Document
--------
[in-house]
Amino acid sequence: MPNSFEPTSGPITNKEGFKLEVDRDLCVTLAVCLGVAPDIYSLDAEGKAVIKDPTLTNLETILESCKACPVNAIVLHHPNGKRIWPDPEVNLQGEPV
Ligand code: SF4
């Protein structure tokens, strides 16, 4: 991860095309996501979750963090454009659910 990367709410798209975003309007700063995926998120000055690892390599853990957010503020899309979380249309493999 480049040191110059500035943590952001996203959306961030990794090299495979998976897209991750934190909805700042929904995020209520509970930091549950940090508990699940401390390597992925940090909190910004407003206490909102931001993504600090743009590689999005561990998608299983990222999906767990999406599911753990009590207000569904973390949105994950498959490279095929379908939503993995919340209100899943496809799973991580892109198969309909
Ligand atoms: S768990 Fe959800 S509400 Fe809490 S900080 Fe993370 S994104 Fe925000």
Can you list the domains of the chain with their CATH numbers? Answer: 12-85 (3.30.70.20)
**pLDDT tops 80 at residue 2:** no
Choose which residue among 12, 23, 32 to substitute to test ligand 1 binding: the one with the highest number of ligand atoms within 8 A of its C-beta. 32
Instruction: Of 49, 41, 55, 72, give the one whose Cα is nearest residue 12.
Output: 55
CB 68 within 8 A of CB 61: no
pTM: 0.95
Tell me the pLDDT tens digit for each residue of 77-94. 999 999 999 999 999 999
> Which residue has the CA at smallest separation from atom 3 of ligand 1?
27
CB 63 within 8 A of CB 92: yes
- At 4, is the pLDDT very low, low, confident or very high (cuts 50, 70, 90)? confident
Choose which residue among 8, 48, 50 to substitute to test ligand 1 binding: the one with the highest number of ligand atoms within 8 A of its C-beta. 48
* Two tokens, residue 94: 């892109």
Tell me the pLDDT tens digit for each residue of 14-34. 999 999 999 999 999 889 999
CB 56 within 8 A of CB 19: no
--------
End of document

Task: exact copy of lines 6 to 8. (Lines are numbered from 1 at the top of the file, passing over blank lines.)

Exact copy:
Can you list the domains of the chain with their CATH numbers? Answer: 12-85 (3.30.70.20)
**pLDDT tops 80 at residue 2:** no
Choose which residue among 12, 23, 32 to substitute to test ligand 1 binding: the one with the highest number of ligand atoms within 8 A of its C-beta. 32